I can see I’m going to be going on with this for a while, so I’m going to stop here and pick up again next time. And I promise, the next time will not be so long a wait. This is only the beginning.
It's been a while since I blogged here, but that doesn't mean I haven't been busy. In fact, I've been quite busy since I last posted here. For the past couple years I have been writing a community blog about the city of Santee, CA, called Scouting Santee, and have been involved with the Santee Chamber of Commerce. I also have been doing a bit of writing and editing for the Kamatoy Media Group, including working on several client projects.
Now that I'm back I plan to get back into writing about topics that interest me, including education, personal development, writing, and photography. Two years ago I was working on some posts responding to a series of articles written by Robert Ringer about what he called "The Cho Factor." I may not get back to that right away, but at some point I will.
So I hope a few of you will join me as I return to my journey here in blogland.
In his fourth installment of “The Cho Factor,” Robert Ringer takes a look at a series of shootings over the past decade, to show a pattern of taunting and bullying.And it is true, that all of the examples he gives of students who shot multiple victims, the shooters had been bullied and harassed before – sometimes for years.He indicates this exercise in comparing shooters is to show how perhaps it was not that Cho was evil, only his actions.But it also seems to be a way of setting up his later “big point” – of preparing his readers to think his way.
Let’s look at this idea – of getting people to think your way.I’m not knocking it – after all, don’t we all try to persuade people about different things?Maybe we want to go to a certain movie or restaurant, or we want to paint the bathroom a certain color?And politicians and advertisers are always trying to persuade us to their view.“Buy this car!”“Vote for me!”So there is nothing intrinsically wrong with trying to persuade people.My argument will be later with what he is trying to persuade us on.
One other point that Ringer brings up about several of the shooters is their attitude that they were “made” to do what they did – that they were “forced…into a corner” (Cho), or that it was their “only option” (Robert Hawkins, who killed 8 shoppers in an Omaha mall before killing himself).Why is it that these young people feel they have been forced into their actions?Ringer asks this question as well, but he has a different core reason than I do.But on one thing we both can agree – whatever the core reason (or reasons), we need to try to get a handle on what is happening to our young people.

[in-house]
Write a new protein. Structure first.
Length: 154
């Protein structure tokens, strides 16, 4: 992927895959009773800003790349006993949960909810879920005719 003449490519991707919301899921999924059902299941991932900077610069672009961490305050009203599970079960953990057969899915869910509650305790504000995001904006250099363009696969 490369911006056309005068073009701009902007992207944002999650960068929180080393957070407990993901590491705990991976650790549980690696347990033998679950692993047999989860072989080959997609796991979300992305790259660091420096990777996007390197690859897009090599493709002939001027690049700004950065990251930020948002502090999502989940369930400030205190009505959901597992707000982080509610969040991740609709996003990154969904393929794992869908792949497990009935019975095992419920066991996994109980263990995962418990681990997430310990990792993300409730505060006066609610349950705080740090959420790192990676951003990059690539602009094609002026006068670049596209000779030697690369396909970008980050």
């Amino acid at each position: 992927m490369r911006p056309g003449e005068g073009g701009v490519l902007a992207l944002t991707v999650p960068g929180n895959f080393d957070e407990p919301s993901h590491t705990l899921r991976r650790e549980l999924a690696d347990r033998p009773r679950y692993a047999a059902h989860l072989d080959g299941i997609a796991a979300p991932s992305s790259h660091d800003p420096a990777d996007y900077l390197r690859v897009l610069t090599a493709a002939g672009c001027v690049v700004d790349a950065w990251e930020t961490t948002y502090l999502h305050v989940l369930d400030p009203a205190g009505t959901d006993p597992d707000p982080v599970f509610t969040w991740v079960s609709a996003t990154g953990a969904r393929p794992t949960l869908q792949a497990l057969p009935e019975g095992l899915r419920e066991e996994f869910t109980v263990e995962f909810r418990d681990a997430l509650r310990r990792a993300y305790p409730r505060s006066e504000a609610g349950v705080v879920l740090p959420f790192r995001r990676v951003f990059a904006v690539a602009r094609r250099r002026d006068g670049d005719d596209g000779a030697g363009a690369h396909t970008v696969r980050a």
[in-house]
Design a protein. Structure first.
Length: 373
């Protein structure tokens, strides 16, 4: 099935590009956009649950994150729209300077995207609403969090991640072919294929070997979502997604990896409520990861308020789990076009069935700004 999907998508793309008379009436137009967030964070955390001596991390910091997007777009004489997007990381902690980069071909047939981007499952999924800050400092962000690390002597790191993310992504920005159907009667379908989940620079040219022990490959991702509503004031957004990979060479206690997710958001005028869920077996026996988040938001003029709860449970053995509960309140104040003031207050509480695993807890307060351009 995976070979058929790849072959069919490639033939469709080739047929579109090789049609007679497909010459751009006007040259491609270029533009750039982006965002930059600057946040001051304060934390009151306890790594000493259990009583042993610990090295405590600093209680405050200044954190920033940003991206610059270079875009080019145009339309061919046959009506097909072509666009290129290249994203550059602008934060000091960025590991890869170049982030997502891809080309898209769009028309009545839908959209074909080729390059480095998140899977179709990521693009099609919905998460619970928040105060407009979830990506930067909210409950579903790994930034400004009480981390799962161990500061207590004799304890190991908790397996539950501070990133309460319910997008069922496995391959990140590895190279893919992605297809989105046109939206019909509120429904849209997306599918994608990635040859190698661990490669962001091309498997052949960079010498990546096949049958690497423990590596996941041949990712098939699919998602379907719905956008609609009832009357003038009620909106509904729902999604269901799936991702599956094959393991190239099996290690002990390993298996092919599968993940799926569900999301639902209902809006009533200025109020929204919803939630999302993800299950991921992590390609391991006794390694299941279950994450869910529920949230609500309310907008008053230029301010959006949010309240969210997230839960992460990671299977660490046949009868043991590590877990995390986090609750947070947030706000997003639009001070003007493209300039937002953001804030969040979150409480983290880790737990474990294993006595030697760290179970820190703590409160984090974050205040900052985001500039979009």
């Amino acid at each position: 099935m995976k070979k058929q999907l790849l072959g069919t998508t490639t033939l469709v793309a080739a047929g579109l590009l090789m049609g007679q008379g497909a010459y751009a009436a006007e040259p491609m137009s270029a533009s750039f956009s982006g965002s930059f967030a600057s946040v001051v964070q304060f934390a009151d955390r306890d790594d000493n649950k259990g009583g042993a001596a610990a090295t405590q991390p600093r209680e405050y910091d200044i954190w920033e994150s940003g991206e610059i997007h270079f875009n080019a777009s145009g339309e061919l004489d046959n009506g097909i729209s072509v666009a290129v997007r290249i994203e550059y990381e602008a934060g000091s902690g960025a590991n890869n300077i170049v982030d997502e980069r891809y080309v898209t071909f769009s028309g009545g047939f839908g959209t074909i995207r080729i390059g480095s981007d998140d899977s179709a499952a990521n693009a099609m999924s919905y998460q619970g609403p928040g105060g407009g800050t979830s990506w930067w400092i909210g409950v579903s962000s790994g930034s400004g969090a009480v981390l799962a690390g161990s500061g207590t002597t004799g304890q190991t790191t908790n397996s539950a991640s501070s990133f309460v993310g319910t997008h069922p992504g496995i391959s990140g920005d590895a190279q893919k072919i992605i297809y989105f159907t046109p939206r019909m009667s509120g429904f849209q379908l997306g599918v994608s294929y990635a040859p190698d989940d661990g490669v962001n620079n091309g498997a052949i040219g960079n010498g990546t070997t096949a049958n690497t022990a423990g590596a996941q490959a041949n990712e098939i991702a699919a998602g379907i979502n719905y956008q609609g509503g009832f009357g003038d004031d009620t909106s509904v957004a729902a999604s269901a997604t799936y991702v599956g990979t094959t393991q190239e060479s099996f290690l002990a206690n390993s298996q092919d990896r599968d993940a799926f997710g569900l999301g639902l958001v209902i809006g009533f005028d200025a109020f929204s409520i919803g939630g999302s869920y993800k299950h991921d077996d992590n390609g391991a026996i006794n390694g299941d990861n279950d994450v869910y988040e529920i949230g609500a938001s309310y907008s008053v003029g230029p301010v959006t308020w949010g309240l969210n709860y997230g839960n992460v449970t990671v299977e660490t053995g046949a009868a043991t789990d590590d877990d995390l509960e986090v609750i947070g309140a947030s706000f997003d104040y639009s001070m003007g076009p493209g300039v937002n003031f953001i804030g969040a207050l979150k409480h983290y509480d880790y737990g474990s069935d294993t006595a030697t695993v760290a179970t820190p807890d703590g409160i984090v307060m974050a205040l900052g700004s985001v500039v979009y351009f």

In his third installment of “The Cho Factor,” Robert Ringer discusses the topic of “evil.”He was inspired to this topic by a broadcast of “CNN Heroes: An All-Star Tribute” that he saw.He talks about how he tuned in just in time to see the presentation of an award to a young man who helped barricade a door to a classroom at Virginia Tech during the Cho shooting spree.In the presentation a comment was made about how this student had “confronted evil and won” – and this got Ringer to wondering about evil versus human action.
This is a very interesting subject to talk about.So often we tend to talk about abstract “evil” rather than the person who does the evil act.As Ringer points out, it’s easier to talk about an abstract than about a real human with inner motivations – motivations that might make it harder for the rest of us to simply dismiss the entire action as being something “evil” that we had to face but can now go past.
Even now, as I write this, the news programs are showing coverage of a new shooting – the fourth this week – at Northwest Illinois University where a friend of mine is enrolled.No doubt we will be hearing of how these students also had to “face evil” in the shape of an apparent former graduate student.
So, we have Cho, this new shooter, and a litany of other names of young people who made the decision to take multiple lives, including their own.If we take Ringer’s definition of evil – “a purposeful intent or act…to do harm to others” – then these have all been evil actions.But, as Ringer points out, what about the people themselves?Is it, to paraphrase Shakespeare (as Ringer hints at), a case of “Some are born evil, some achieve evil, and some have evil thrust upon ’em”?